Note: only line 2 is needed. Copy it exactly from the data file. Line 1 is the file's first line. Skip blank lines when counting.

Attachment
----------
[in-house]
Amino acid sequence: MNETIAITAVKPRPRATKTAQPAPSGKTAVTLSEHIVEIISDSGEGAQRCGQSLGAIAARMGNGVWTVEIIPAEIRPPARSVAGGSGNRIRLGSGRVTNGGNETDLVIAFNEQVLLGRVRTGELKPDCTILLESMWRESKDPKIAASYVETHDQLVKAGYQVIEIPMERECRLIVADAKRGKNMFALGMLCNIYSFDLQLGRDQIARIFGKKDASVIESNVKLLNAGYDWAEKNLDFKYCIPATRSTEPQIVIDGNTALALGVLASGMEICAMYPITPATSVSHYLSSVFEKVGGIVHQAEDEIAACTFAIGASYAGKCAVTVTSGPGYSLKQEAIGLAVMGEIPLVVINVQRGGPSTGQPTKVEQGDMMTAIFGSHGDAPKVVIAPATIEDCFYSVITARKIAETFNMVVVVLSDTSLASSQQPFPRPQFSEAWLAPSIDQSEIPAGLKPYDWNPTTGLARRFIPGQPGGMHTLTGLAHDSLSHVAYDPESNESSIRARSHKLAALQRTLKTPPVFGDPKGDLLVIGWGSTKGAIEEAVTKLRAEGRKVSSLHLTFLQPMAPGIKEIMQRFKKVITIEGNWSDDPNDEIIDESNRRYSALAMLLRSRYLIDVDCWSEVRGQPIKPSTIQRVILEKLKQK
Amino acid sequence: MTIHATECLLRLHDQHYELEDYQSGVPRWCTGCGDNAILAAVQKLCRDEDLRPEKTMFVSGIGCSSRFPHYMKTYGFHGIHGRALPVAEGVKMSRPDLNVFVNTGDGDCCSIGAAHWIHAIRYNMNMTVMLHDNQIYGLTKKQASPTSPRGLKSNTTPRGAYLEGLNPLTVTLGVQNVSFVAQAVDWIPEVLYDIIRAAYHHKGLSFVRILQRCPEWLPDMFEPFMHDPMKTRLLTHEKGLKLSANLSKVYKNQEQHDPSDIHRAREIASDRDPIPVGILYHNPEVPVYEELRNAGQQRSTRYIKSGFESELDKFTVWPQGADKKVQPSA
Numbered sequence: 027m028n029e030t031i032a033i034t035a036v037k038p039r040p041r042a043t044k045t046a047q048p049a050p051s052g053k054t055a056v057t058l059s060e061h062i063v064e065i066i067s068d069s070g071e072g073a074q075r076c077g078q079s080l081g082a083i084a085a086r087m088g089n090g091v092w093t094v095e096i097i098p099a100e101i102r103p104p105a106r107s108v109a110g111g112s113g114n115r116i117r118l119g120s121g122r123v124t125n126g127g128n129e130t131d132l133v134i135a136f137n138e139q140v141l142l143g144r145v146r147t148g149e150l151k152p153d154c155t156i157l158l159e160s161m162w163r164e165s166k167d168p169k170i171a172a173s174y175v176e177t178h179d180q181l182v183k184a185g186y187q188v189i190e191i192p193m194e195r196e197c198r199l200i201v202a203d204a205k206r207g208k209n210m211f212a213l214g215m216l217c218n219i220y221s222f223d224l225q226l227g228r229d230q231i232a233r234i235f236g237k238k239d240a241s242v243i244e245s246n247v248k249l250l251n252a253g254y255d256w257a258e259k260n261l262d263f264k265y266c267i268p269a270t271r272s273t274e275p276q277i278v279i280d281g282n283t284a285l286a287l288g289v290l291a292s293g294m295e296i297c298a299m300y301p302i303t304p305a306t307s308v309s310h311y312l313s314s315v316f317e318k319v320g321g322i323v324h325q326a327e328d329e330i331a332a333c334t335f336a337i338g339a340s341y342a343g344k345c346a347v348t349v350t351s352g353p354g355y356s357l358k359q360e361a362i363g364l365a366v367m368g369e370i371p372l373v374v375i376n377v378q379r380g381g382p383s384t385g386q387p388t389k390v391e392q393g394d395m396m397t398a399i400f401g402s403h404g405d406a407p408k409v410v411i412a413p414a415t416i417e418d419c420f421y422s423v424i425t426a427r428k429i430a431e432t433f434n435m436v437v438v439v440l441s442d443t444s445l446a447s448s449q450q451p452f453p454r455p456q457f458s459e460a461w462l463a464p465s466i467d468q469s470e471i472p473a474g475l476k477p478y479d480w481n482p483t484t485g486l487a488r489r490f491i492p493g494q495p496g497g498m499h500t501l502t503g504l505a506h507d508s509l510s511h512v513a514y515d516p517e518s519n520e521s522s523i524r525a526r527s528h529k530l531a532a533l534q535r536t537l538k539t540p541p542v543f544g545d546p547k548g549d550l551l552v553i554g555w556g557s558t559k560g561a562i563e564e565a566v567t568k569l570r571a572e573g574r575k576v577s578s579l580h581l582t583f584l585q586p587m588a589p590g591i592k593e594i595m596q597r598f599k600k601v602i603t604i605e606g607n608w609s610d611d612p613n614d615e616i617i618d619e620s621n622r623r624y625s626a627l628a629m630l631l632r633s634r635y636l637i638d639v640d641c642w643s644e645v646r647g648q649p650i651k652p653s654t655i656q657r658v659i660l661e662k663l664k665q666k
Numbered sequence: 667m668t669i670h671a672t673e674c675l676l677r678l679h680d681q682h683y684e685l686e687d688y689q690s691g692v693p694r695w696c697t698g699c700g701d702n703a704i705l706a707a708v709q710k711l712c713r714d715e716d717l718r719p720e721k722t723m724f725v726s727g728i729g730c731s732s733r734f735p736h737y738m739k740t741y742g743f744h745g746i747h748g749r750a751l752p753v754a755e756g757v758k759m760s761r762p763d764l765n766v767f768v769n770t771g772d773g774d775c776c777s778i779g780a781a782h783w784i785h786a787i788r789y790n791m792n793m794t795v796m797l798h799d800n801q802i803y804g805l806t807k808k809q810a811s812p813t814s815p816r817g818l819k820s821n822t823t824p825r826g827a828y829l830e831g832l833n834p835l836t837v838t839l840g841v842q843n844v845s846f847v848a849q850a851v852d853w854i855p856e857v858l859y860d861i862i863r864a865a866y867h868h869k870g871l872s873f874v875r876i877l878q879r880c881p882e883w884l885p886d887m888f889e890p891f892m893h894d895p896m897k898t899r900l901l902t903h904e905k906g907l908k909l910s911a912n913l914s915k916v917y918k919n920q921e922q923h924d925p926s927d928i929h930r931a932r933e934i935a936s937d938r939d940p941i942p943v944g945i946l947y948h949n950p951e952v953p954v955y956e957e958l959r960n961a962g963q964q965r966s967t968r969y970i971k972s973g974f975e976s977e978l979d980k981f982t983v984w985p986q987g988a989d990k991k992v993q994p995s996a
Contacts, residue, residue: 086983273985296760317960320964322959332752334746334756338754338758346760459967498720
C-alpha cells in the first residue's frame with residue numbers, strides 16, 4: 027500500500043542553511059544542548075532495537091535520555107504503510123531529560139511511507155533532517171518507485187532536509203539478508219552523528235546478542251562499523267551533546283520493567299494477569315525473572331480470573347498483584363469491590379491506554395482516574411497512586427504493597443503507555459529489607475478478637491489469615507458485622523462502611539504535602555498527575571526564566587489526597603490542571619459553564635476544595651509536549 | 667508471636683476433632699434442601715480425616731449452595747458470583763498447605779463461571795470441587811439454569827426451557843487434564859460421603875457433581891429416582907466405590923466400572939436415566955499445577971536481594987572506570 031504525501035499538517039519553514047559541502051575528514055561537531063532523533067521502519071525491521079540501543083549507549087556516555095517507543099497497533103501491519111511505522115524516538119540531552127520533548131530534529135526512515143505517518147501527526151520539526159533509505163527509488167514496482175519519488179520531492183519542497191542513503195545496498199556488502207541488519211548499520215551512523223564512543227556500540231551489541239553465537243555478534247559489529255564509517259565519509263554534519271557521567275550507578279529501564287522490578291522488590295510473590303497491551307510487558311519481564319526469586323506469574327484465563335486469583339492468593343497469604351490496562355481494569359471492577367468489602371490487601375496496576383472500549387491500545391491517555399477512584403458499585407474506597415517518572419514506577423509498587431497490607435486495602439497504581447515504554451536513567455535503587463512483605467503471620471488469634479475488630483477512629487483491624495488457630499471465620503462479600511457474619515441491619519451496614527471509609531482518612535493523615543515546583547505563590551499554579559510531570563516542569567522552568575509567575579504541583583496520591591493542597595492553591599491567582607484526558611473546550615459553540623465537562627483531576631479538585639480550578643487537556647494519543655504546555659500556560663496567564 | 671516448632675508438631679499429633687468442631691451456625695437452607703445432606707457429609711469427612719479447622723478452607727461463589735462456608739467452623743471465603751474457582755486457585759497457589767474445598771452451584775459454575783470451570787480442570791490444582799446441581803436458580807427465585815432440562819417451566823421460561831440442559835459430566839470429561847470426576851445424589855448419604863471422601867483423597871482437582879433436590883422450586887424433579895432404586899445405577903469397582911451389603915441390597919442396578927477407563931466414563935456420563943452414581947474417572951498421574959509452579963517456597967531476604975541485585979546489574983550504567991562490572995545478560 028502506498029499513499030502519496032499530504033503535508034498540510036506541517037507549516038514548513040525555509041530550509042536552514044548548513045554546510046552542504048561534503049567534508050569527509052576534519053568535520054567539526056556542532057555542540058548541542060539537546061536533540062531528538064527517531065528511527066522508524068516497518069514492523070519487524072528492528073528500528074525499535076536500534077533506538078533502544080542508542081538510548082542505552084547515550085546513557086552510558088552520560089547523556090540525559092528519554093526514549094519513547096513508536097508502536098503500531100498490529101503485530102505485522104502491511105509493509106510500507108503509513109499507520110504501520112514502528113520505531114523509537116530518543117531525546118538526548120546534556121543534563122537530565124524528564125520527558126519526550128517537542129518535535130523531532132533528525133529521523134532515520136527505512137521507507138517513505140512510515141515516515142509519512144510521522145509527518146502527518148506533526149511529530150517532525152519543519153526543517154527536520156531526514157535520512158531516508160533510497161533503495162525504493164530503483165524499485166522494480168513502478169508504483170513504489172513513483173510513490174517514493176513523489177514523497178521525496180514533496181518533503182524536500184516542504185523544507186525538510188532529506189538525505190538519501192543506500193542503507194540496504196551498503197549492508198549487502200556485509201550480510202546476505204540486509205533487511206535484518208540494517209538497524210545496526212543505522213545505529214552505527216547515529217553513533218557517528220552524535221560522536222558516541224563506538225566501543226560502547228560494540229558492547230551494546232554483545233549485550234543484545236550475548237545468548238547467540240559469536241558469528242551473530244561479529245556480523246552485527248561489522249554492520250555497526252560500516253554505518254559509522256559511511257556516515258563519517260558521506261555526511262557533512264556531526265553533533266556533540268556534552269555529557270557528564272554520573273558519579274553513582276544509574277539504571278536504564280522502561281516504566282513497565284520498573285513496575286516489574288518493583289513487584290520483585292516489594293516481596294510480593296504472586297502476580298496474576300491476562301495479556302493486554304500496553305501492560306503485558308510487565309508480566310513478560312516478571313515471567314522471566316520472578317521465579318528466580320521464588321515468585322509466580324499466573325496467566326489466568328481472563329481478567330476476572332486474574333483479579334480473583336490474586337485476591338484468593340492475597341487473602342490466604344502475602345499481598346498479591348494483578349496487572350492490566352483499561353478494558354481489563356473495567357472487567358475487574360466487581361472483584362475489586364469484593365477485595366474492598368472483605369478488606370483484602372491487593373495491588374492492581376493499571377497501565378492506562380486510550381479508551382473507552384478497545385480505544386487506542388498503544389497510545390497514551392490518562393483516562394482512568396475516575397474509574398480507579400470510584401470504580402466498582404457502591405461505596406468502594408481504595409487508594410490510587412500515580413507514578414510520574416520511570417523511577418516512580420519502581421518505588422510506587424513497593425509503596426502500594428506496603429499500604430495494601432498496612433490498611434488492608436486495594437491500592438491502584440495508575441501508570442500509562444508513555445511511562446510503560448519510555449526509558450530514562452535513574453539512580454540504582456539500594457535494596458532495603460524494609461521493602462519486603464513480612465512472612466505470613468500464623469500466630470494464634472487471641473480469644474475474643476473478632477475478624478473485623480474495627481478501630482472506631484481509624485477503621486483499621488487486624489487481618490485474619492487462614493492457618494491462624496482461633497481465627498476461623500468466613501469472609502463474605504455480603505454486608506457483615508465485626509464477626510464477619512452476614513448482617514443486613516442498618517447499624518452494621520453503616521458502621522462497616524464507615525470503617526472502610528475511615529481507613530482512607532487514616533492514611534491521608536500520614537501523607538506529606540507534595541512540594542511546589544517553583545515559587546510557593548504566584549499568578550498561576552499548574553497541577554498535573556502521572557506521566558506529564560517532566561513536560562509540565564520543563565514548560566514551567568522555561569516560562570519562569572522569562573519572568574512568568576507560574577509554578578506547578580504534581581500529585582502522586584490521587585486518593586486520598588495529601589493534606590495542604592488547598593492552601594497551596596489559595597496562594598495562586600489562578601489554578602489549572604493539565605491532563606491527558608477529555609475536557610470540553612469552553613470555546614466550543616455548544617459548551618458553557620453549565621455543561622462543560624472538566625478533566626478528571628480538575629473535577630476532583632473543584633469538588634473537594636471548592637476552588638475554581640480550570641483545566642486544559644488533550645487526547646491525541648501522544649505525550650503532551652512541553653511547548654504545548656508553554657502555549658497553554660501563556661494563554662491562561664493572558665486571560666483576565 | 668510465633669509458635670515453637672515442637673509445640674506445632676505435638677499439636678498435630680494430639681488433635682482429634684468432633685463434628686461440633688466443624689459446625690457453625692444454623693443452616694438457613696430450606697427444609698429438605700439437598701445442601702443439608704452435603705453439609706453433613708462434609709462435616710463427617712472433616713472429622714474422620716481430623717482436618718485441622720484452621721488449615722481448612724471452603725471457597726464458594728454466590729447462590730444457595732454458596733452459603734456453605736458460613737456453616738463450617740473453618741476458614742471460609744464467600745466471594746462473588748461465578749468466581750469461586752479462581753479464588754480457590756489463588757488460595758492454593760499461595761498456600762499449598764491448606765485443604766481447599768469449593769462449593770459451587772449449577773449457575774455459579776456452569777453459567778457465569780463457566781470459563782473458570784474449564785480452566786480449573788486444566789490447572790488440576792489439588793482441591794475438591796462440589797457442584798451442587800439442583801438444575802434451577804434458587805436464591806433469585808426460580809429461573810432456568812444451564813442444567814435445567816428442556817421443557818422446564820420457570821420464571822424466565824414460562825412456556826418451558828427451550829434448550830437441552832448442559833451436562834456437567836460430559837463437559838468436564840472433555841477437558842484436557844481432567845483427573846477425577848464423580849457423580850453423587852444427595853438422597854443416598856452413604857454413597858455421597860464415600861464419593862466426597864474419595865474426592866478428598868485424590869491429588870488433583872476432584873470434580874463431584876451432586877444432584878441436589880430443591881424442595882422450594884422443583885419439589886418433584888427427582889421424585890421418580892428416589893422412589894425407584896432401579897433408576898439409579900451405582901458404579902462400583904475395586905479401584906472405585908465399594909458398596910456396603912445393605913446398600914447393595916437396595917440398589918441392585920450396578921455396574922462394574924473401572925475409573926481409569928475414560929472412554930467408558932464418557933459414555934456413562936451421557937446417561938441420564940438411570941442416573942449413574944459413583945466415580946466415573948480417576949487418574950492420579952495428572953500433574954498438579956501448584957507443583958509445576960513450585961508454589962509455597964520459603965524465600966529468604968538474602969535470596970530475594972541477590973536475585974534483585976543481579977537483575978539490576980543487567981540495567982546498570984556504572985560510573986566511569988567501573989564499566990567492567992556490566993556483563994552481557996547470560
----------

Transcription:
Amino acid sequence: MNETIAITAVKPRPRATKTAQPAPSGKTAVTLSEHIVEIISDSGEGAQRCGQSLGAIAARMGNGVWTVEIIPAEIRPPARSVAGGSGNRIRLGSGRVTNGGNETDLVIAFNEQVLLGRVRTGELKPDCTILLESMWRESKDPKIAASYVETHDQLVKAGYQVIEIPMERECRLIVADAKRGKNMFALGMLCNIYSFDLQLGRDQIARIFGKKDASVIESNVKLLNAGYDWAEKNLDFKYCIPATRSTEPQIVIDGNTALALGVLASGMEICAMYPITPATSVSHYLSSVFEKVGGIVHQAEDEIAACTFAIGASYAGKCAVTVTSGPGYSLKQEAIGLAVMGEIPLVVINVQRGGPSTGQPTKVEQGDMMTAIFGSHGDAPKVVIAPATIEDCFYSVITARKIAETFNMVVVVLSDTSLASSQQPFPRPQFSEAWLAPSIDQSEIPAGLKPYDWNPTTGLARRFIPGQPGGMHTLTGLAHDSLSHVAYDPESNESSIRARSHKLAALQRTLKTPPVFGDPKGDLLVIGWGSTKGAIEEAVTKLRAEGRKVSSLHLTFLQPMAPGIKEIMQRFKKVITIEGNWSDDPNDEIIDESNRRYSALAMLLRSRYLIDVDCWSEVRGQPIKPSTIQRVILEKLKQK